Link to online version of the Taigenshō Vol. 2 at www.archive.org
- Cheng Yu Tung East Asian Library, University of Toronto


Go to pages 252 & 253 in the PDF, respectively


又、
自兩頭テ切断後
三千里外絶知音

又云、
狂言云シ人作之、

尺八節高円口連
彼尋出處宇治邊
一聲吹落兩樓月
百万軍中聞不眼


"Then,
'When one has cut off Dualism,
that surpasses the deepest of friendship, beyond limit.'

And, it has been said,
a person called Kyōgen composed this.

'The music [or the joint?] of the shakuhachi ennobles the row of circular holes;
He searches out a place in the vicinity of Uji;
The single, lonely voice blows to descent the Twin Tower Moon;
Among a million soldiers you hear it - but do not see.'"

     In the 'Taigenshō', maki 5, chapter on Shakuhachi.
     Trsl. by Torsten Olafsson, 2010.
     Source: Toyohara/Masamune, 1933, vol. 2, pp. 630-631.




- UTA

1518 - POEMS in the KANGIN-SHŪ

" 21 - Dengaku

I take out the shakuhachi from
    beneath my sleeve,
to blow it while waiting and
The wind through the pine -
scatters flowers as though a dream
How much longer will I have to play
    until my heart is quiet again?"

" 177 - Kouta

My shakuhachi is blameless yet
I toss it at the pillow.
It makes a sound katari as it hits
    the wood rim,
Yet even the sound does not make it less
    lonely nor less sad
to sleep alone."

" 276 - Kouta

"I blow you while I wait
I blow you later in my disappointment too -
Worthless Shakuhachi!"

     Trsl. by Frank Hoff, 1978. In Blasdel/Kamisangō, 1988/2008.




1521-1532 - RAKU-CHŪ RAKU-GAI ZU - Machida-bon edition


Two komosō in Kyōto, c. 1530

Two komosō playing vertical flutes in a Kyōto street
Detail of the folding screen 'Raku-chū raku-gai zu byōbu',
"Pictures from In and Around the Capital",
Machida-bon edition.
Dated to between 1521 and 1532.


Two komosō in Kyōto, c. 1530

Close-up detail of the folding screen 'Raku-chū raku-gai zu byōbu',
"Pictures from In and Around the Capital",
Machida-bon edition.
The National Museum of Japanese History, Sakura City, Chiba Prefecture




宗長手記

1522-1527 - SŌCHŌ SHUKI by SAIOKUKEN SŌCHŌ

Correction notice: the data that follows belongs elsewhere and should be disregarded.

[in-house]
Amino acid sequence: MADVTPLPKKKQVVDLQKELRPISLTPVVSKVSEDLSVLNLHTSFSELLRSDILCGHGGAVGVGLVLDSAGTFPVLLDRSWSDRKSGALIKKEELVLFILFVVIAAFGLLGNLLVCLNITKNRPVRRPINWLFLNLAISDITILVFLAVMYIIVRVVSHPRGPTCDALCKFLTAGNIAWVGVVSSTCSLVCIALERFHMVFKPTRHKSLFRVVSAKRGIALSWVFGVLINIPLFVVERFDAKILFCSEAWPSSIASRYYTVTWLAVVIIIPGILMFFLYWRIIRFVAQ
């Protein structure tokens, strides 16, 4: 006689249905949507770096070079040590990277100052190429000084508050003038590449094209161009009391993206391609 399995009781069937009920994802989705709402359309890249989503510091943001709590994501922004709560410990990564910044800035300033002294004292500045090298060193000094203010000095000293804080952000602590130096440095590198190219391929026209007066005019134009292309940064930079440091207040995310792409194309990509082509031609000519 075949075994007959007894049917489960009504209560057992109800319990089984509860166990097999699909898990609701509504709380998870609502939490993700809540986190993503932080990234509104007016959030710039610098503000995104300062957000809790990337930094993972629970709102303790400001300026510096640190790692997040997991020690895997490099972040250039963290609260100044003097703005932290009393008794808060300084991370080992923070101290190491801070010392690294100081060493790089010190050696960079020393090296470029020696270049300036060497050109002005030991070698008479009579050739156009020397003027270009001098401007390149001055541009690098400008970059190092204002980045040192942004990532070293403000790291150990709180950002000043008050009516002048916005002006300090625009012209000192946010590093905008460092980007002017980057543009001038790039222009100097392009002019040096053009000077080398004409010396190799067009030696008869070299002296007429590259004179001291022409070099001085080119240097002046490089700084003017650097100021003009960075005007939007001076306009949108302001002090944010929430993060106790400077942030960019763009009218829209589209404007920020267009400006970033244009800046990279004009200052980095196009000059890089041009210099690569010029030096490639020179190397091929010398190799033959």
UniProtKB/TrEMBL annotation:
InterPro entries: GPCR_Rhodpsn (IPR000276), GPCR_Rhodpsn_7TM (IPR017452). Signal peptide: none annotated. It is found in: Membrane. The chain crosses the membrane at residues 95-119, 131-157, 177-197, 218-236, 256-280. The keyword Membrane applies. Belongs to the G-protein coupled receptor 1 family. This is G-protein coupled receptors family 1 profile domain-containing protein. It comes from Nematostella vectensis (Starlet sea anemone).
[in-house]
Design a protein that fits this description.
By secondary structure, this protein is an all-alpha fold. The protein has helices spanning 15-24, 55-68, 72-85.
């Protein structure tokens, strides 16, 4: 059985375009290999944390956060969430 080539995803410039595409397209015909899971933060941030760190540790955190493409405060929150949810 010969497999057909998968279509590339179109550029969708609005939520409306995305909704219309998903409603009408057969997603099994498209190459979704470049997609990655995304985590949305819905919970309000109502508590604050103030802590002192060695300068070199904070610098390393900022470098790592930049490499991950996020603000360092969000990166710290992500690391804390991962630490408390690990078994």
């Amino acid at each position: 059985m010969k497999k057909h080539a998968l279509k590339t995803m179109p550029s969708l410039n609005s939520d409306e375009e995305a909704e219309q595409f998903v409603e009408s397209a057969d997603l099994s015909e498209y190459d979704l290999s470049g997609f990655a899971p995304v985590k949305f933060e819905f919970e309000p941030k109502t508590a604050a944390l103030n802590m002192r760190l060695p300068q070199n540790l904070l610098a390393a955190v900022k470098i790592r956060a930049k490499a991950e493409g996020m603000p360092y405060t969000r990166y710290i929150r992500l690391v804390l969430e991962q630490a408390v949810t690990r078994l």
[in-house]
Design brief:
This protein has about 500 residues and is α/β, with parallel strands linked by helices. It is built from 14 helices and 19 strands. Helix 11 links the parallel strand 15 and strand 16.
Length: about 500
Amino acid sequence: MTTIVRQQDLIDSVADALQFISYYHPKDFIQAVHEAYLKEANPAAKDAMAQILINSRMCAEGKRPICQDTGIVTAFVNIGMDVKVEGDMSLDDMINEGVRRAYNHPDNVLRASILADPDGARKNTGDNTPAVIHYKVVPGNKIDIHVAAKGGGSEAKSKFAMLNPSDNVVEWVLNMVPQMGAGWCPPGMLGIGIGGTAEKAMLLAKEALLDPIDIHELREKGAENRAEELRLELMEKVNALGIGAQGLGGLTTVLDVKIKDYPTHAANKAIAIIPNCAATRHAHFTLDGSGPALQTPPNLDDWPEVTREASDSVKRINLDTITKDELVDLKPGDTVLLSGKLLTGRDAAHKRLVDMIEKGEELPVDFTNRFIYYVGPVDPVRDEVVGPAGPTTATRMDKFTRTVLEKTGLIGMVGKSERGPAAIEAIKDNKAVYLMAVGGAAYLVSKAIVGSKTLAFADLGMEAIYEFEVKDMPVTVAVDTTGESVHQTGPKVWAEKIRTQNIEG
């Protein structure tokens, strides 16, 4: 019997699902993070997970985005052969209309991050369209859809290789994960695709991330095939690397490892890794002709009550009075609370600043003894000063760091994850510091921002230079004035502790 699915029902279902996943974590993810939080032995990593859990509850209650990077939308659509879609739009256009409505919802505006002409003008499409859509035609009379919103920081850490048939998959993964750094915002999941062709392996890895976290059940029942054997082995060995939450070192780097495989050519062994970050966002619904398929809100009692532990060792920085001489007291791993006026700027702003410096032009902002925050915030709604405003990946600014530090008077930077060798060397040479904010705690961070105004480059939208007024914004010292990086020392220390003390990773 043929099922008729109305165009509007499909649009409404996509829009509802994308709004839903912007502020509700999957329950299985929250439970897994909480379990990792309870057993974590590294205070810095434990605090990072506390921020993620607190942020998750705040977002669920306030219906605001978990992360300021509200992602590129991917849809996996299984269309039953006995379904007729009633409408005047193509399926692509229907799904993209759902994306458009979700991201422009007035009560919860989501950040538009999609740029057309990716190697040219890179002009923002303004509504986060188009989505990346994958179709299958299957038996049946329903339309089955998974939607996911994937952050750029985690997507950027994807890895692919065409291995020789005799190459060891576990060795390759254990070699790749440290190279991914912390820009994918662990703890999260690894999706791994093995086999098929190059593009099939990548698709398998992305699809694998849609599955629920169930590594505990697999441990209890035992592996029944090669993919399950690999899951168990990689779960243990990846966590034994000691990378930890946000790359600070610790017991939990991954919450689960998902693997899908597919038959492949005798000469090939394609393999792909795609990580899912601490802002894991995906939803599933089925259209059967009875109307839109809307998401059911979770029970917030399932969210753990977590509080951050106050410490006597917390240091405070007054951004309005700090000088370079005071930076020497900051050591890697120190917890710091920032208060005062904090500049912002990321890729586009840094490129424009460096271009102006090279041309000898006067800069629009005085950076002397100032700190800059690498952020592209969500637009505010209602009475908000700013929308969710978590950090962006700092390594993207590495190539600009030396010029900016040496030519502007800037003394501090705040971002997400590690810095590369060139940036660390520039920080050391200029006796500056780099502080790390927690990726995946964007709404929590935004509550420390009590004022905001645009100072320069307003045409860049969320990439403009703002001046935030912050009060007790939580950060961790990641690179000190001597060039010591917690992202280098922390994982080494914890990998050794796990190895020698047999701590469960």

Portrait of Saiokuken Sōchō with a 'hitoyogiri' by his side

Portrait of Saiokuken Sōchō, 1448-1532, with a 'hitoyogiri' by his side
Painting signed 'Kanō Ryūsetsu', a name used by several different members of the Kanō School,
the earliest of whom was Kanō Hidenobu, c. 1647-1712
A treasure of the temple Saioku-ji, late 17th century or later


The chapter about Jōsū in 'Sōchō shuki'

The chapter about Jōsū in 'Sōchō shuki',
"The Journal of Sōchō" - 1796 edition
Waseda University Library
The poem quoted below is seen in the center of the picture


THE DEATH of JŌSŪ

紹崇として尺八吹僧。
もとは東山霊山の時衆。
五条東洞院常福寺、柴野大仙院四・五年もありて、
此ごろは和泉の堺草庵。
尺八の弟子、だんなにて活計。
伊勢に参宮とて、長阿打ふし山田に逗留。
尋来て十日あまり、長阿は山城薪へのぼりしなり。
昼夜もてなしどもとぞ聞えし。
いかゞ有けん、二見の浦の浪にしづみけるとつたえきゝて,

無常心
おこす一曲
いかにして
ふきしずみけん
あなうみのよや。


"Jōsū, a monk and shakuhachi musician, was originally a member of the Higashiyama Ryōzen Ji sect. He spent four or five years at Jōfukuji temple at Gojō Higashinotōin and at Daitokuji's Daisen'in, and until recently he maintained a cottage in Sakai in Izumi Province.
He made his living from shakuhachi students and patrons. I happened to be staying in Yamada when he arrived at Ise Shrine on a pilgrimage; he called on me and stayed more than ten days, until I had to leave for Takigi at Yamashiro. They tell me he was fêted thereafter in Yamada morning and evening.
Then came the news that he had thrown himself into Futami Bay - what could have happened to make him do such a thing?
I composed this on learning it:

That one melody
"Perceiving the Law of Change" -
how could he play it
then sink into the sea?
How awfully sad, this world!

[Mujōshin
okosu ikkyoku
ika ni shite
fukishizumiken
ana umi no yo ya.]


南部にてつたえ聞し事なるべし。
山田へ申つかはし侍し。
此尺八物にもかへて、跡の事とぶらはんとて、
妹の尼時衆たびたびいえども、つゐにのぼせず。
さらばあすか川かはる瀬をものぼせずとなん。


"I must have been in the Southern Capital when I received the news.
I sent the verse to Yamada.
His sister, a nun of the Ji sect, told them several times she would like to have his shakuhachi flute returned to her so that she might sell it to pay for services in his memory. But they never sent it back. No, they never sent back the shakuhachi to exchange for money, recalling the changing shadows of Tomorrow River."

     Trsl. by H. Mack Horton, 2002, p. 22.
     Source of Japanese text: Yamaguchi, 2005, p. 90.

H. Mack Horton comments as follows (p. 213, note 151):
"Sōchō's poem may be a straightforward question, expressing dismay and the desire to know what drove Jōsū to his fatal decision. But it may also be asking how the poet's friend could have been enlightened through the shakuhachi piece "Perceiving the Law of Change"
(Mujōshin 無常心) and yet be driven to despair."


'Daisen-in dry garden - 1509-1513

Dry garden in the Daitoku-ji subtemple Daisen-in
founded in 1509-1513 - Photo by T.O., 1977




1549

The Spanish Jesuit missionary Francis Xavier lands in Kagoshima and begins movement to spread Christian teaching in Japan.


Francis Xavier - 1506-1552

Japanese portrait of Francis Xavier (1506-1552)
Kōbe City Museum, Kōbe, Japan




Link to the next page: Japan 4 • 1560-1614
Link to the previous page: Japan 2 • 1233-1477